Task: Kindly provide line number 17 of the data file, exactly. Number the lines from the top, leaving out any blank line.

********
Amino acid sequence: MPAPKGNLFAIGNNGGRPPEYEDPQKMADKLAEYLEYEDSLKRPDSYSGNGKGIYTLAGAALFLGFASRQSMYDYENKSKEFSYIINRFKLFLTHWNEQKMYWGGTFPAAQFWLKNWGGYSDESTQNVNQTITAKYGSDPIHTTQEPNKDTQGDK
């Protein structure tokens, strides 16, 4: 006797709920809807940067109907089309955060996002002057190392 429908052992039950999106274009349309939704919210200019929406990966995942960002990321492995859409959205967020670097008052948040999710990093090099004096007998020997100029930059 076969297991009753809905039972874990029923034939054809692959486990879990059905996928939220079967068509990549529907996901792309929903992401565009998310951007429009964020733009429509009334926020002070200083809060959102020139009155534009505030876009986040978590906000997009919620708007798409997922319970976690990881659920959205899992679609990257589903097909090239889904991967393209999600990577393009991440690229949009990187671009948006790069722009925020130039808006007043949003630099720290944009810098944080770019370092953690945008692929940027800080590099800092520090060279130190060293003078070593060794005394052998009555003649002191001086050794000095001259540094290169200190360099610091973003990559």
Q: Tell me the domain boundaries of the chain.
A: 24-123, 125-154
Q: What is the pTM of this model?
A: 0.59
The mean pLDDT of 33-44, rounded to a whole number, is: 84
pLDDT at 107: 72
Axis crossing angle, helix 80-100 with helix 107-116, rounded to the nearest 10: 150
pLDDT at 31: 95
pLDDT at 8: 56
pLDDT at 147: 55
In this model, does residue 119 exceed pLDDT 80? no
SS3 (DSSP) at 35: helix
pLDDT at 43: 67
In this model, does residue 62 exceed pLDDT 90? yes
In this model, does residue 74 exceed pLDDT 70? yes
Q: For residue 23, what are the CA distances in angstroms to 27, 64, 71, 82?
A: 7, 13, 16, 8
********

In this model, does residue 74 exceed pLDDT 70? yes